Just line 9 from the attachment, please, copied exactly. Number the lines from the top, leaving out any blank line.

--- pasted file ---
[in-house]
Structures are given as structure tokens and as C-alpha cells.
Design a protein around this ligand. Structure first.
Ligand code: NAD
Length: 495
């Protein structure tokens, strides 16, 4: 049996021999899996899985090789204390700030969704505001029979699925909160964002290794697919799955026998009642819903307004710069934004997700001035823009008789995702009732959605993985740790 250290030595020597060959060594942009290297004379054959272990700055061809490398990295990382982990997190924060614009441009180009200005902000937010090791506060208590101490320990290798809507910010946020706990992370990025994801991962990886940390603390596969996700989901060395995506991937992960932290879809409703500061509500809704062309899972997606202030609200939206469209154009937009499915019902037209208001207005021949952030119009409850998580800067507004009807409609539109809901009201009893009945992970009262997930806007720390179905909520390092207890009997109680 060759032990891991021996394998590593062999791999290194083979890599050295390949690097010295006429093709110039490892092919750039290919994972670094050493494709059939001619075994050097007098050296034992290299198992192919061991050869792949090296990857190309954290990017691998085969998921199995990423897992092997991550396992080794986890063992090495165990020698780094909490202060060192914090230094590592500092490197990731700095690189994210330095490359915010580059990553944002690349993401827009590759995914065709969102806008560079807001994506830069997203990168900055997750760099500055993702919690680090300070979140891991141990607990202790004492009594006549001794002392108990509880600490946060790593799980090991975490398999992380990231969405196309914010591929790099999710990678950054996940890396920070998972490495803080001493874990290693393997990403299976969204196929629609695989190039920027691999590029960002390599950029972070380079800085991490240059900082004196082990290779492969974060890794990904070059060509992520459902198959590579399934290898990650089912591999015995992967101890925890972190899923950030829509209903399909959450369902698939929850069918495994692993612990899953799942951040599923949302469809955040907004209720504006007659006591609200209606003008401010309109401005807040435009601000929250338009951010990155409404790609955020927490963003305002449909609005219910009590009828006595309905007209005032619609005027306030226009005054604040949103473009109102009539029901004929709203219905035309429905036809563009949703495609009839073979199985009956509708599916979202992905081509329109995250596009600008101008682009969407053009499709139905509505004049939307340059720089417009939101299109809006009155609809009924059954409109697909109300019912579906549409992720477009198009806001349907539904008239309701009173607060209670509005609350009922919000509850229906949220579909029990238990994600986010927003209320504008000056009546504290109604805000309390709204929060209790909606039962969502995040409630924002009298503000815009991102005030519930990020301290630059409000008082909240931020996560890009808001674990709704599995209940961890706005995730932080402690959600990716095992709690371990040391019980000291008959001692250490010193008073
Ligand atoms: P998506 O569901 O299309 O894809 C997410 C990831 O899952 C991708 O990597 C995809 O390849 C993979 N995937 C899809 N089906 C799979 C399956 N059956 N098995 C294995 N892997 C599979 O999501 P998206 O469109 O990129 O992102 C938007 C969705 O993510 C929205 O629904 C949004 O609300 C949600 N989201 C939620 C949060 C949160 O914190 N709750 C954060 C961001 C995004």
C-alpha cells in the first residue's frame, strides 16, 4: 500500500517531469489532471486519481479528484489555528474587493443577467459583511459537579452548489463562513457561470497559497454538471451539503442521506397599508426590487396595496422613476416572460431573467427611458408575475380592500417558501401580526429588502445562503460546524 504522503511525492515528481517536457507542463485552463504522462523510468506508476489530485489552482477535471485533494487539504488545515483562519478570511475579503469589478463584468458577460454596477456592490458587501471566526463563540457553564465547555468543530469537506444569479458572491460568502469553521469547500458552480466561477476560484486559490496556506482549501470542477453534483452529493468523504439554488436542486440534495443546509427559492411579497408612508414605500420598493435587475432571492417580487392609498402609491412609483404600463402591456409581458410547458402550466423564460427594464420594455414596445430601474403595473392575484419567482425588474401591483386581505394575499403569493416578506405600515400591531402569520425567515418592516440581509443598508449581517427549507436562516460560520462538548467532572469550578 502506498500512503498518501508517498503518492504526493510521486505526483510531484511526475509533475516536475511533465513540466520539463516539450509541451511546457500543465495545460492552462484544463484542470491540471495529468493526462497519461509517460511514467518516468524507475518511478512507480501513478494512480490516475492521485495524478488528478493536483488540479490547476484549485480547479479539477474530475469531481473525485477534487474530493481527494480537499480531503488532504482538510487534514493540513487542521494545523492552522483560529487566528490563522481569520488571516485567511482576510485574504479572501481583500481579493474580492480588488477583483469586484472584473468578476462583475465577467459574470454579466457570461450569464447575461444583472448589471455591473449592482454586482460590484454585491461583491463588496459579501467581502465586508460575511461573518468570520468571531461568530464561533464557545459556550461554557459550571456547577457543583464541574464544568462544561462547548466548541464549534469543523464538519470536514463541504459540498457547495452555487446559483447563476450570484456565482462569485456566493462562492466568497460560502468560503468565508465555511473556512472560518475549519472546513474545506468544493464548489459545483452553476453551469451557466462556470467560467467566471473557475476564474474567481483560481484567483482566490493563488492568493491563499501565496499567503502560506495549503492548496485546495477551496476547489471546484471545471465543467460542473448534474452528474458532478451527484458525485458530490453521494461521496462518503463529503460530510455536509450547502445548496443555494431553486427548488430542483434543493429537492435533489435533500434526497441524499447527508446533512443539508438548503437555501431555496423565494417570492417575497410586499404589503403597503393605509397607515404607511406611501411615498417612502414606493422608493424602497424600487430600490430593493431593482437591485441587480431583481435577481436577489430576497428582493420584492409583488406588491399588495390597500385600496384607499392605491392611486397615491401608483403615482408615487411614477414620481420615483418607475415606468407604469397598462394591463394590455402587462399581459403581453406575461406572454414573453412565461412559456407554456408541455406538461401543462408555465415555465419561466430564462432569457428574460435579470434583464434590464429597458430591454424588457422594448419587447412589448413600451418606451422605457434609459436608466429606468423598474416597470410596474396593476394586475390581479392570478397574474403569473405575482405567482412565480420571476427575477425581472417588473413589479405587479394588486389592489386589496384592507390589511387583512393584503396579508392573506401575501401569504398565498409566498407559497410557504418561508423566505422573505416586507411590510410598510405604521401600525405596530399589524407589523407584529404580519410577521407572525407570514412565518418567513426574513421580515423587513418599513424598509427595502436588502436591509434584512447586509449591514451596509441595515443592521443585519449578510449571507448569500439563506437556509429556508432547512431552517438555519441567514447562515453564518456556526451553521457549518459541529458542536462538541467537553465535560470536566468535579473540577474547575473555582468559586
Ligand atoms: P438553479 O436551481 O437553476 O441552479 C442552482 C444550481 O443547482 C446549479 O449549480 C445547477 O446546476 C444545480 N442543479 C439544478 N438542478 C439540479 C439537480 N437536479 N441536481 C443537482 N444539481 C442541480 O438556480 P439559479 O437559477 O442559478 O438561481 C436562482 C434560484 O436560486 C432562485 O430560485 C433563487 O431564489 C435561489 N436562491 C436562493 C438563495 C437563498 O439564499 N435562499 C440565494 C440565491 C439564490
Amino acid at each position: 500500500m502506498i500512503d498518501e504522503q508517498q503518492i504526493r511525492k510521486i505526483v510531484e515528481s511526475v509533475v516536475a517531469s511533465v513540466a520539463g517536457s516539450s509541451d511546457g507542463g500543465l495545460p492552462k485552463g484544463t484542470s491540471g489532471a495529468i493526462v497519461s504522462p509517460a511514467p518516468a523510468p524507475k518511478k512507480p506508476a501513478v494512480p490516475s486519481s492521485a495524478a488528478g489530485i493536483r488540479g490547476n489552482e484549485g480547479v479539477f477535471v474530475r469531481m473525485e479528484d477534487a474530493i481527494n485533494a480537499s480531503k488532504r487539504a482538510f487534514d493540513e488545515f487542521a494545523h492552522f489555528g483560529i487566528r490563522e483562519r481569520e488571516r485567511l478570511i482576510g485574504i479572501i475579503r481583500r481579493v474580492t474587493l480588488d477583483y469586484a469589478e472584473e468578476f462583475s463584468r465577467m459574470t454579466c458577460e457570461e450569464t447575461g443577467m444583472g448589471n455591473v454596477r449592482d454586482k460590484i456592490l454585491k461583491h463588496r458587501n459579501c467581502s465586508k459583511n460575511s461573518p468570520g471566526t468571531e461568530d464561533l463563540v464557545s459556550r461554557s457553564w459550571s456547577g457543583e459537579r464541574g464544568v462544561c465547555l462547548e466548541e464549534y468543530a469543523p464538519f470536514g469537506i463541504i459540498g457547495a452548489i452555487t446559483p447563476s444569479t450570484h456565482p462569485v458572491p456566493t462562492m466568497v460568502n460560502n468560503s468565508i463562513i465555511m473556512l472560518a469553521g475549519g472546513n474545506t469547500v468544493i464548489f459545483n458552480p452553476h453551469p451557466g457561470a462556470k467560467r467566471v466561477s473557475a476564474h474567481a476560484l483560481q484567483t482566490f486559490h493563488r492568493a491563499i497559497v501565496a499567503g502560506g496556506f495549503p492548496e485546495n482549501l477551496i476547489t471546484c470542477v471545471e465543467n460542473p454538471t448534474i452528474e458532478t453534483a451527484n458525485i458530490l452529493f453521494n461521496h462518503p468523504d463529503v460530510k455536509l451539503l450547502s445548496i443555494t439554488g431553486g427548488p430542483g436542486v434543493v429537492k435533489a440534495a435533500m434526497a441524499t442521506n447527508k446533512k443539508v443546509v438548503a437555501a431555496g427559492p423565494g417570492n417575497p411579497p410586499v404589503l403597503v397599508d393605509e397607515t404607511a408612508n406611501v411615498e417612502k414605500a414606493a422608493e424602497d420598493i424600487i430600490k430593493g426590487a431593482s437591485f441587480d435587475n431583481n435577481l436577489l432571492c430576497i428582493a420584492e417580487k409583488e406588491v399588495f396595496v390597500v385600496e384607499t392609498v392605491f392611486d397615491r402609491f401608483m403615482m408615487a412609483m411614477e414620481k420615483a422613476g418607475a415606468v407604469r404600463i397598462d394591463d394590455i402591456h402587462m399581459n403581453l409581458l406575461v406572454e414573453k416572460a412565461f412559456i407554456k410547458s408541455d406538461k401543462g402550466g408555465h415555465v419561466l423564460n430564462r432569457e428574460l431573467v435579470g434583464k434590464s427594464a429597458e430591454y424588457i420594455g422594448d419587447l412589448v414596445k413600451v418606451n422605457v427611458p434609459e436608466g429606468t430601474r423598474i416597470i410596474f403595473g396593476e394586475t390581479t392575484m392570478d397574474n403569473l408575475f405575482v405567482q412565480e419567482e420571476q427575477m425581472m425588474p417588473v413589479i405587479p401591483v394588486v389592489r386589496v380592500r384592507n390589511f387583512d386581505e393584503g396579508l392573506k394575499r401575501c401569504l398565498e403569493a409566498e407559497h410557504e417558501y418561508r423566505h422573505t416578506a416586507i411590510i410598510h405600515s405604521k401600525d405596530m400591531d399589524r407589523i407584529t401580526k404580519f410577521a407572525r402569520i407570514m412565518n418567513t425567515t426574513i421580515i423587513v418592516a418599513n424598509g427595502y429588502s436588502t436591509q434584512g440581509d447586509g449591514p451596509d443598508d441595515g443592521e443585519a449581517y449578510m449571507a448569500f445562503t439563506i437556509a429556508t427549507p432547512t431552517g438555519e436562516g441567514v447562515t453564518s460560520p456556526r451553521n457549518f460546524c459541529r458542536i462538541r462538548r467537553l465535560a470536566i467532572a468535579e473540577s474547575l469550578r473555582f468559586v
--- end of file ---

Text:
Ligand atoms: P438553479 O436551481 O437553476 O441552479 C442552482 C444550481 O443547482 C446549479 O449549480 C445547477 O446546476 C444545480 N442543479 C439544478 N438542478 C439540479 C439537480 N437536479 N441536481 C443537482 N444539481 C442541480 O438556480 P439559479 O437559477 O442559478 O438561481 C436562482 C434560484 O436560486 C432562485 O430560485 C433563487 O431564489 C435561489 N436562491 C436562493 C438563495 C437563498 O439564499 N435562499 C440565494 C440565491 C439564490